NEW YORK (AdAge.com) -- Mary Murcko still has an easy, enthusiastic laugh, despite having to deal with some serious challenges and ever-increasing responsibility as her career has progressed.
Just look back to her time in Bangkok, where she learned to love a launch as publisher and general manager of the Hachette operation there. "You kind of had to have no fear, because you were doing things that no one had ever done before," she said. "You were doing an international brand in a market where all the magazines were local at that time. You had to be really clear in terms of what the brand was, who was going to pick up your brand and why you were different. If you missed any part of that, you lost it."
Ms. Murcko's experience in Thailand prepared her for her current role in another way. "When I was in Bangkok was the time the whole currency fell apart," she said. "The good thing about that experience and how I was there when it happened was that I also got to the other side. And I saw the brands that invested during that time, stayed focused during that time, ended up stronger."
Her stay there ended only when it was time for her daughter, who was born in Bangkok, to begin kindergarten in the U.S. Fairchild offered her re-entry as publisher of Elegant Bride.
Once she found her way to Rodale, she was named publisher first at Best Life, a launch, then at Women's Health, a bigger launch, and then last March at Prevention, the company's largest-circulation title and a brand with many extensions in digital, events and special publications.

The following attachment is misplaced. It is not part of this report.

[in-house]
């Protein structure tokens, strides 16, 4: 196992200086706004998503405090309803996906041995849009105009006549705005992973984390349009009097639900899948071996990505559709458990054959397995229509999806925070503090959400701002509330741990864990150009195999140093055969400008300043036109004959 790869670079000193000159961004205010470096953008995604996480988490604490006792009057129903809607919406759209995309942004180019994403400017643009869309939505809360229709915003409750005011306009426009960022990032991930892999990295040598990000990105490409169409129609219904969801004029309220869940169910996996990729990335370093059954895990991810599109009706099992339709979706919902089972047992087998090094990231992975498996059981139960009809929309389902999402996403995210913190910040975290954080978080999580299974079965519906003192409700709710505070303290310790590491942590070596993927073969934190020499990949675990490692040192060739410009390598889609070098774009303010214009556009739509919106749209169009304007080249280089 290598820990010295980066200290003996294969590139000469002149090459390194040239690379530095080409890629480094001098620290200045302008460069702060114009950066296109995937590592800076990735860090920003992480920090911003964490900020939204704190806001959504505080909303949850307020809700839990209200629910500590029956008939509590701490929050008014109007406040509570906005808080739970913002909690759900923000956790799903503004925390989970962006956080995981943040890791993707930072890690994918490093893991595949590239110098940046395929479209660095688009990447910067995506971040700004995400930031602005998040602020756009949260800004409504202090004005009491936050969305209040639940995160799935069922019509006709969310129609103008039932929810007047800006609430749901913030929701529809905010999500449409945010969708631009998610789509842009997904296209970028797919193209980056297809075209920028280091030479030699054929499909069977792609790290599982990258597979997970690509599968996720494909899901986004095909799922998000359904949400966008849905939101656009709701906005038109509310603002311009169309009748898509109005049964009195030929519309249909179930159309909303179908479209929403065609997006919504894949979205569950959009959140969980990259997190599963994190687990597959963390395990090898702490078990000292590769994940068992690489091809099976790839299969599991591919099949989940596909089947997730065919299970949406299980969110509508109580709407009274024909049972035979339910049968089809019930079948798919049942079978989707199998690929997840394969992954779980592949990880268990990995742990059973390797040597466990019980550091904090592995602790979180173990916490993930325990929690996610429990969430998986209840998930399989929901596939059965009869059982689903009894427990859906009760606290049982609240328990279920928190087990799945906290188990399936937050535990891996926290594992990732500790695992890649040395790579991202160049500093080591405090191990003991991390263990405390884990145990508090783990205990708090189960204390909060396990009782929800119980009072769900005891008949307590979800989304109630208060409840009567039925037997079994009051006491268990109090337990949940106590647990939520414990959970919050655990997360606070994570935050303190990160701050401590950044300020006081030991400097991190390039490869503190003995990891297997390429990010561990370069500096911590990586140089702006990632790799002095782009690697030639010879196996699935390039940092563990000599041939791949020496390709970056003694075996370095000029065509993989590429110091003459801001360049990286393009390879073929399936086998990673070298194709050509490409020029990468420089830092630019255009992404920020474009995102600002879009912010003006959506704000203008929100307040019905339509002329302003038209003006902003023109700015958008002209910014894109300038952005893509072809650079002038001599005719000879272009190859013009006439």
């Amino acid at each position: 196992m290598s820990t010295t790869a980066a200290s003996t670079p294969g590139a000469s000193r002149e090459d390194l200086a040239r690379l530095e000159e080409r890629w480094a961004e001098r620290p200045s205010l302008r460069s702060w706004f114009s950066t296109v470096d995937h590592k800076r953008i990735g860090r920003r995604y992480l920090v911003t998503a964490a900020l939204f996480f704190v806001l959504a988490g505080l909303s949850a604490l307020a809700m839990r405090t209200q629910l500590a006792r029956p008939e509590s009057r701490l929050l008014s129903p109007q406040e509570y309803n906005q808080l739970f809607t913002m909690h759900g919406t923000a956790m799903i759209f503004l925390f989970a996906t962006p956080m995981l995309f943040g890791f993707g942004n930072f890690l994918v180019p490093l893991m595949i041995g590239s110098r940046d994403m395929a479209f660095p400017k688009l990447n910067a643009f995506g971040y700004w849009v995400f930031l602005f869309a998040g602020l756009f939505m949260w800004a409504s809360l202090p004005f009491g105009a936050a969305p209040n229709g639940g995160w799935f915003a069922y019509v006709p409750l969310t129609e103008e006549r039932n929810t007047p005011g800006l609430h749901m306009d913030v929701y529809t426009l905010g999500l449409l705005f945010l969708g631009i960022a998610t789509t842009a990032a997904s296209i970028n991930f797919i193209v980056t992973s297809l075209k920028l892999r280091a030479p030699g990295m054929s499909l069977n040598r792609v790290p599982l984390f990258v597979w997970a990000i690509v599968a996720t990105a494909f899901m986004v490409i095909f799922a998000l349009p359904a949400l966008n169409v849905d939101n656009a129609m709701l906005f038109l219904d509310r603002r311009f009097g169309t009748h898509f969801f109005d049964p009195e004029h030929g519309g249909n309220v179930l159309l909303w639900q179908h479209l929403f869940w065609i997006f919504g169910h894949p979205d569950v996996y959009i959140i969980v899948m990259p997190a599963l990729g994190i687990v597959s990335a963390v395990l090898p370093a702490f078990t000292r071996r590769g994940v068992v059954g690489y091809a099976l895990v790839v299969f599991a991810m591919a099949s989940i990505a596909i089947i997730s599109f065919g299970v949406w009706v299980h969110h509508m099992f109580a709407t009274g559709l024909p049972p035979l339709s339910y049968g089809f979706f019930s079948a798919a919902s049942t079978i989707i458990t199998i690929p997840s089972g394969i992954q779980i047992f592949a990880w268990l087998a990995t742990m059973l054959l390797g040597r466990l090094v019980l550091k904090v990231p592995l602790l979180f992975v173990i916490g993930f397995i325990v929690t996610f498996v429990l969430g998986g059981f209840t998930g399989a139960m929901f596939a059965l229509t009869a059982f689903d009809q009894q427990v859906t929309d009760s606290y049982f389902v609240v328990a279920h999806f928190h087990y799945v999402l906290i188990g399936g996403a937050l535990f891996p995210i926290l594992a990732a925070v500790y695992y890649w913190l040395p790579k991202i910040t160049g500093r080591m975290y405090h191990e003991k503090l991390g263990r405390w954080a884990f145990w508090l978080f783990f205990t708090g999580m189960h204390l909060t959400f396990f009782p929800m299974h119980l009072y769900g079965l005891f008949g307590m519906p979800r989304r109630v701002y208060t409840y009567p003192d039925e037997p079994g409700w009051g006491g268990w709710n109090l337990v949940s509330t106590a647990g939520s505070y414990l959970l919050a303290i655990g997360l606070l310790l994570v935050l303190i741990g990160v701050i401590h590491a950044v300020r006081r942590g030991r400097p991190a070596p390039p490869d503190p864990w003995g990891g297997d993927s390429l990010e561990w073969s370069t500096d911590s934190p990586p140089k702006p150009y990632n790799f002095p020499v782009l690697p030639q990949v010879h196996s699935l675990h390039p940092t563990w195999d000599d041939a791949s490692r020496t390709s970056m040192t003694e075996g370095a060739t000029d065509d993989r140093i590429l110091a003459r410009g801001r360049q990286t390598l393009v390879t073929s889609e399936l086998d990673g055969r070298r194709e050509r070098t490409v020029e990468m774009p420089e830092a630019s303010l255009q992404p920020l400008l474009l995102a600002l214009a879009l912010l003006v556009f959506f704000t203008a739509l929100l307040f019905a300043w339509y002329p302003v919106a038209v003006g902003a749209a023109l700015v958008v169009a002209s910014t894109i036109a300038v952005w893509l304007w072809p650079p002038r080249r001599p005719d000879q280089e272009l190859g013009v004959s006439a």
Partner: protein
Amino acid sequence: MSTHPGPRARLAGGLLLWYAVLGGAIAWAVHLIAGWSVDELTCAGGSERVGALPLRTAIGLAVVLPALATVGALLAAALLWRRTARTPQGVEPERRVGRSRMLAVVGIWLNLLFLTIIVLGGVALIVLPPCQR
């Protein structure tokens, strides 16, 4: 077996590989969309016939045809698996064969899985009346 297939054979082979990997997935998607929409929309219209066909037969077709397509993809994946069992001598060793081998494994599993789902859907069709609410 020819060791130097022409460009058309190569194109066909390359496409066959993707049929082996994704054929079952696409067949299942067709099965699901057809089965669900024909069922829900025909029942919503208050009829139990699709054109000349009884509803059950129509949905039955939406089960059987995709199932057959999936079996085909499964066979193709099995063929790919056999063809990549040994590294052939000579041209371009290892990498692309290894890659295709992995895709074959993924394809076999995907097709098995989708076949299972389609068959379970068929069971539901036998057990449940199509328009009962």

"Prevention is Rodale's best example of a fully fleshed-out brand," said MaryAnn Bekkedahl, exec VP-group publisher at Rodale. "It was again a fairly easy kind of decision."
'Relevant and important'
"She is driven as the day is long," Ms. Bekkedahl added. "When she moved over to Prevention, a big brand with a lot of moving parts, I don't think she slept or ate for weeks. She got all the history, dug into financials, dug into expenses, dug into the category mix, rejiggered materials so quickly. I am consistently overwhelmed and impressed."
Ms. Murcko, 44, doesn't much worry about the future of magazines, despite the challenges from new media and, right now, steep recession. "The great thing about magazines is that they've always been changing all the time. There's a new product every single month. Digitally we put out something new every day."
"We have to be relevant and important to the consumer, but we also have to be a little bit ahead," she added. "That's going to continue to be our success in the future."